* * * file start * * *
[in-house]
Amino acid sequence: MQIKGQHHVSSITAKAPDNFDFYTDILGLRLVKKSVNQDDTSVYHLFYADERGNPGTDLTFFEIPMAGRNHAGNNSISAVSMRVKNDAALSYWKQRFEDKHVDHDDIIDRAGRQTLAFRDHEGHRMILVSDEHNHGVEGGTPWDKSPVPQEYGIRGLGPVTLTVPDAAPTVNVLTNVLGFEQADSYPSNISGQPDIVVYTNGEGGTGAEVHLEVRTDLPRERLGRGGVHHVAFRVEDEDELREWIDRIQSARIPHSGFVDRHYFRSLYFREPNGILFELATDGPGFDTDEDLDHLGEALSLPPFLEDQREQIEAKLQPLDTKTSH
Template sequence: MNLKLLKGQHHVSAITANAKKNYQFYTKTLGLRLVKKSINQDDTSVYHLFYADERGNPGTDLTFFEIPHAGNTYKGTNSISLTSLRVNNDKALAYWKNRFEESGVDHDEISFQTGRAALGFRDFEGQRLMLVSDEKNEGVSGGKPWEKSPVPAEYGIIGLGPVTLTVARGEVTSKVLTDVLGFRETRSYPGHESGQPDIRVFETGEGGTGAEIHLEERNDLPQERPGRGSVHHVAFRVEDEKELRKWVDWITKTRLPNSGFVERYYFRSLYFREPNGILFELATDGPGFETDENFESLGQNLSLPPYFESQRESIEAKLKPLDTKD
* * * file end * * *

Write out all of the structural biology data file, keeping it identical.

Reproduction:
[in-house]
Amino acid sequence: MQIKGQHHVSSITAKAPDNFDFYTDILGLRLVKKSVNQDDTSVYHLFYADERGNPGTDLTFFEIPMAGRNHAGNNSISAVSMRVKNDAALSYWKQRFEDKHVDHDDIIDRAGRQTLAFRDHEGHRMILVSDEHNHGVEGGTPWDKSPVPQEYGIRGLGPVTLTVPDAAPTVNVLTNVLGFEQADSYPSNISGQPDIVVYTNGEGGTGAEVHLEVRTDLPRERLGRGGVHHVAFRVEDEDELREWIDRIQSARIPHSGFVDRHYFRSLYFREPNGILFELATDGPGFDTDEDLDHLGEALSLPPFLEDQREQIEAKLQPLDTKTSH
Template sequence: MNLKLLKGQHHVSAITANAKKNYQFYTKTLGLRLVKKSINQDDTSVYHLFYADERGNPGTDLTFFEIPHAGNTYKGTNSISLTSLRVNNDKALAYWKNRFEESGVDHDEISFQTGRAALGFRDFEGQRLMLVSDEKNEGVSGGKPWEKSPVPAEYGIIGLGPVTLTVARGEVTSKVLTDVLGFRETRSYPGHESGQPDIRVFETGEGGTGAEIHLEERNDLPQERPGRGSVHHVAFRVEDEKELRKWVDWITKTRLPNSGFVERYYFRSLYFREPNGILFELATDGPGFETDENFESLGQNLSLPPYFESQRESIEAKLKPLDTKD